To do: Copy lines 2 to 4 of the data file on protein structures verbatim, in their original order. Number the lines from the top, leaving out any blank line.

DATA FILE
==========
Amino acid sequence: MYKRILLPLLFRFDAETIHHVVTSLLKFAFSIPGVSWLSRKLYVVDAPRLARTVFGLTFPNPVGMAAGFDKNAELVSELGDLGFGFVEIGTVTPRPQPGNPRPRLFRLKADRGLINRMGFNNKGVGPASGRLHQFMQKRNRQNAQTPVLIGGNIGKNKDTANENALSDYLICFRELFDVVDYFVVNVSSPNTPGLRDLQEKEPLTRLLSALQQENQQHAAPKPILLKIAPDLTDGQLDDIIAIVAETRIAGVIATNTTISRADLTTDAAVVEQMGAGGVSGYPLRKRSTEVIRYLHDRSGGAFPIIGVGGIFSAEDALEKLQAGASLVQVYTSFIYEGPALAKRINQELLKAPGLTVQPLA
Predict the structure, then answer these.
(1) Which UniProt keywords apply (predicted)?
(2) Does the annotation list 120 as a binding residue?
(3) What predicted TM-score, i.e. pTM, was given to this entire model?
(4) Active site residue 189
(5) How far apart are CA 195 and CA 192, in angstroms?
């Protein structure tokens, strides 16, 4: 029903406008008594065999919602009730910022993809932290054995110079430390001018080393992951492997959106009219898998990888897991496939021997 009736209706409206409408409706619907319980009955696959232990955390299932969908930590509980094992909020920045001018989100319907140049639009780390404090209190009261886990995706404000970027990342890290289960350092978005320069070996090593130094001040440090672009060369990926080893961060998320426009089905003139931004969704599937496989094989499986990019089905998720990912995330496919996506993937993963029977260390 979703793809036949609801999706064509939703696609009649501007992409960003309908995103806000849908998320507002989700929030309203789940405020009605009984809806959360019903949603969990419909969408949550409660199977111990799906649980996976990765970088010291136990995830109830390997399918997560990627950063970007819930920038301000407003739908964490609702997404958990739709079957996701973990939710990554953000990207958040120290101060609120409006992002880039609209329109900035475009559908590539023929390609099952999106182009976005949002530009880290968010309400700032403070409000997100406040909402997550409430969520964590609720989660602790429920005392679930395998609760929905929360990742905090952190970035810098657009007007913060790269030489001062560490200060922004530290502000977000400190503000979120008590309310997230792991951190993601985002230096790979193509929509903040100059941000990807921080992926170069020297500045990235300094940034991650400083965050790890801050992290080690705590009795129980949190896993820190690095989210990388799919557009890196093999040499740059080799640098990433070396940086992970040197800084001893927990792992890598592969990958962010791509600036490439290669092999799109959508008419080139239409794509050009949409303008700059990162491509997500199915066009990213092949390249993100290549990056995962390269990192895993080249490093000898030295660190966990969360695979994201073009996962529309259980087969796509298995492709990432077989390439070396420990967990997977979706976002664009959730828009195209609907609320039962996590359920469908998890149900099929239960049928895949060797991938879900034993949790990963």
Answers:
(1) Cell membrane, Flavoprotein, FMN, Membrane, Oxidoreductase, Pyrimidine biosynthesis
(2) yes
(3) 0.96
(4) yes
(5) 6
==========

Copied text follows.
Predict the structure, then answer these.
(1) Which UniProt keywords apply (predicted)?
(2) Does the annotation list 120 as a binding residue?